Upfront sale versus ongoing maintenance: As I mentioned already, SAP and Oracle are masters about getting the customer to buy into not only a product but a whole support package. This has important financial implications as they make much more money over a product's life-cycle from high-margin recurring maintenance (typically about 20% of the initial licence fee) than they do front the initial licence. That's a complete inversion of say a consumer video game where the overwhelming majority of profits is delivered in the first month of sales (before piracy manages to kick in).
In contrast enterprise IT is much more of an a la carte affair. For example most enterprise software companies should be able to make a decent 20%+ margin, so longer as they are over the initial sales & marketing hump. It's much less a winner-takes-all world.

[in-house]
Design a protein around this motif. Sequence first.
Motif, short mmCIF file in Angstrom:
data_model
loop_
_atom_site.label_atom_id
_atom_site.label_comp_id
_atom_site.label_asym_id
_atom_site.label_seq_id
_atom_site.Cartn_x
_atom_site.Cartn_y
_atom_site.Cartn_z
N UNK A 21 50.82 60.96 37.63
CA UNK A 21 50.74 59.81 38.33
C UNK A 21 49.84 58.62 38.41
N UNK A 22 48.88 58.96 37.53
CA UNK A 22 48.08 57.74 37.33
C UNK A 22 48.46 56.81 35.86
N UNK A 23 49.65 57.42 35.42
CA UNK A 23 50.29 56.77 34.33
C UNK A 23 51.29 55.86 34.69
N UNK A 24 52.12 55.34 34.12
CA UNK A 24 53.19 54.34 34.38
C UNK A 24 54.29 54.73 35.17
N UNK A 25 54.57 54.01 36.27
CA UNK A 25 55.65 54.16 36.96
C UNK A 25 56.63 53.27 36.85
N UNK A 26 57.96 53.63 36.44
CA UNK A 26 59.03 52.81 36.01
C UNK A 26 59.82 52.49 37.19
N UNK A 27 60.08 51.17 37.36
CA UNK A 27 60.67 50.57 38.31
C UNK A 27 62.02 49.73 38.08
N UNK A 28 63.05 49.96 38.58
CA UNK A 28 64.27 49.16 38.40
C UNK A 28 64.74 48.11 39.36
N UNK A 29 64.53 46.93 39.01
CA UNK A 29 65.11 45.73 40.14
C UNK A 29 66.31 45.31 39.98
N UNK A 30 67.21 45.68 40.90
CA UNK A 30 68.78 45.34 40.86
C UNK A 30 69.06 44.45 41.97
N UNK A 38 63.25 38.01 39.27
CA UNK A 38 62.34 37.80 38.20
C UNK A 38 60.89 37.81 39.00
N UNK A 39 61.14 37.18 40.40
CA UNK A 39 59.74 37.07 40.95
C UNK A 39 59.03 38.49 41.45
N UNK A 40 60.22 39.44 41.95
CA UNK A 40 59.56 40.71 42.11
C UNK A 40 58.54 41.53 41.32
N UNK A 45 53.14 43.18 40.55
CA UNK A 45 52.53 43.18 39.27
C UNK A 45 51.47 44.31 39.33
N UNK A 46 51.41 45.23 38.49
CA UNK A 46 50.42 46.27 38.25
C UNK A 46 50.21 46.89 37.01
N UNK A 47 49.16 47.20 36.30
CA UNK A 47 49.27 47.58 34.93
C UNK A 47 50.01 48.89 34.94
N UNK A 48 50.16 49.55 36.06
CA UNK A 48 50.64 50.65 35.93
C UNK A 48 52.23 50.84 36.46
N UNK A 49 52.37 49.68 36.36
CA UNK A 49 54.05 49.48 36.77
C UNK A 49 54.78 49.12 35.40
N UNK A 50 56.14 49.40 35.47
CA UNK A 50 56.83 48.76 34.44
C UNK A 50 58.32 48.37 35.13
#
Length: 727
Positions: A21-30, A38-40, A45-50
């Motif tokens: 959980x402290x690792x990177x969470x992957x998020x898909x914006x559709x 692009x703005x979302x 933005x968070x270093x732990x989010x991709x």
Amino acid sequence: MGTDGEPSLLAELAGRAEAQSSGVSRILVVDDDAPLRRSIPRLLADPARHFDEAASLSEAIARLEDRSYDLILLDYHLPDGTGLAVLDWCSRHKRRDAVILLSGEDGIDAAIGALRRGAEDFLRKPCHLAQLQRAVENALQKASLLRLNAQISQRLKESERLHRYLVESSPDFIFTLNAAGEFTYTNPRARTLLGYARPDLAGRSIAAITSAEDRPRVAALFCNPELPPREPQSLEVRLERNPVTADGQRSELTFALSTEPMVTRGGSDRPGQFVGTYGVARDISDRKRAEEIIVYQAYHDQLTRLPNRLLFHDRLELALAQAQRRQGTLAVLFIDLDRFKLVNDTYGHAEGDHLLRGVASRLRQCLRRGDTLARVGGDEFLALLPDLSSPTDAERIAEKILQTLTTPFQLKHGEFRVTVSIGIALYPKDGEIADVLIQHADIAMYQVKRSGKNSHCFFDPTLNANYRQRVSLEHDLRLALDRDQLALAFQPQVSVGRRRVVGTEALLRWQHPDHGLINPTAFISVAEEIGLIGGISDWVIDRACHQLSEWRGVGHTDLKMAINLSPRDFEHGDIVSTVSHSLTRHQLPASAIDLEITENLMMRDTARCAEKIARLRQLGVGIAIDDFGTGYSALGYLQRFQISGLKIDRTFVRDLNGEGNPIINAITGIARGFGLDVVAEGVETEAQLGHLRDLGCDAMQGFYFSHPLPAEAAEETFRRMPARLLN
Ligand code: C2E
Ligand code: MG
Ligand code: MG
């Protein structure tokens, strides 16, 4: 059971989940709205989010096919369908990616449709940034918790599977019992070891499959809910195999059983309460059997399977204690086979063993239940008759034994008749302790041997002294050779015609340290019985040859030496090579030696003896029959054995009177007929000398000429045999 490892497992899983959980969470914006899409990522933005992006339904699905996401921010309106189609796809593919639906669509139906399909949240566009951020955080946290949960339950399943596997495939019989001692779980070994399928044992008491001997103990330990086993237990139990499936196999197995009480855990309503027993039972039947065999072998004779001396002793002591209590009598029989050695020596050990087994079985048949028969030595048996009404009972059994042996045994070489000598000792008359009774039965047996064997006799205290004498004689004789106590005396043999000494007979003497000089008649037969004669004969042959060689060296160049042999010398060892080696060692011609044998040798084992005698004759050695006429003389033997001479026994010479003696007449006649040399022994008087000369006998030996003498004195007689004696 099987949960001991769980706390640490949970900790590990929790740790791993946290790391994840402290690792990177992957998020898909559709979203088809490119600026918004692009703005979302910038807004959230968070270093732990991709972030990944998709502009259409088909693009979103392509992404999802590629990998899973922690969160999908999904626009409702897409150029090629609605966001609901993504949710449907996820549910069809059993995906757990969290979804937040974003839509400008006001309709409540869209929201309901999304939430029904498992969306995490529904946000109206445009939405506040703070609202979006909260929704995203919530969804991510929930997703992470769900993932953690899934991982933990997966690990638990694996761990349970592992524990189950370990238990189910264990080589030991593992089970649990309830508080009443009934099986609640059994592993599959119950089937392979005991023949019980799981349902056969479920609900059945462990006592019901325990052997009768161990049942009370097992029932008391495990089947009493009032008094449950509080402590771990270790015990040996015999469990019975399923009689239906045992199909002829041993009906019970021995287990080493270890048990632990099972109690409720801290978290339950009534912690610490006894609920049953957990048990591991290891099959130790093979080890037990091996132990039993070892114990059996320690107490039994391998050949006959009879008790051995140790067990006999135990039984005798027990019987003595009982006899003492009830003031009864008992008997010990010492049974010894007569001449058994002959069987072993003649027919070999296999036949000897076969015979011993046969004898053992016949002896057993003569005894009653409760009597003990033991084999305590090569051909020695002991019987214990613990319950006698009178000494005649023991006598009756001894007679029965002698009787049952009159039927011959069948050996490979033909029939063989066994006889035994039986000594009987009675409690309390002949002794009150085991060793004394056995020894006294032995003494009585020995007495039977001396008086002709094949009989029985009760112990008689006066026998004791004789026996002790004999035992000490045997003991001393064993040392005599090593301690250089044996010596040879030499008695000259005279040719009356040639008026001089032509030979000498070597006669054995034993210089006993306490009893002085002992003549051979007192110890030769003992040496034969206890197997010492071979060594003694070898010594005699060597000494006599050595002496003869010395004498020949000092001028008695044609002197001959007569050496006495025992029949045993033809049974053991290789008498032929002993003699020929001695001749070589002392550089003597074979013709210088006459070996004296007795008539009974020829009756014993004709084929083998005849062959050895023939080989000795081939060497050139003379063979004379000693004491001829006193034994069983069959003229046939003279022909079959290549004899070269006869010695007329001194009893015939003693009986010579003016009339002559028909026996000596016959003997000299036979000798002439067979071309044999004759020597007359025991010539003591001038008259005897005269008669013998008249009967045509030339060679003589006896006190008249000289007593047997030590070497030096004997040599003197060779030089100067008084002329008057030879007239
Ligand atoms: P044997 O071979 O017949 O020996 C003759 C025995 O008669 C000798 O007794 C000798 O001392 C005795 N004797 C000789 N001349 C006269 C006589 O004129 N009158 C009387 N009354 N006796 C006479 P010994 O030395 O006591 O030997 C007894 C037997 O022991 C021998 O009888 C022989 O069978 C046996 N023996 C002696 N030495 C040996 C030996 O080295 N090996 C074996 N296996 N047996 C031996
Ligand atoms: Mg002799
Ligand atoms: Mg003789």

"We.. are.. the.. ghosts.. of.. IT past. On your left is
ADABAS, the lady on the right is ASE and that's Ms
Fortran and Little Ms Cobol in the middle...."
Right that's all for today (to be honest I'm still slightly groggy after my election night all-nighter). Hopefully I've outlined some of the contours of why these are like "two nations divided by a common language". What I want to do in my next post is build on this and show how the Post-PC world brings them together, and what companies are poised to succeed (or fail!).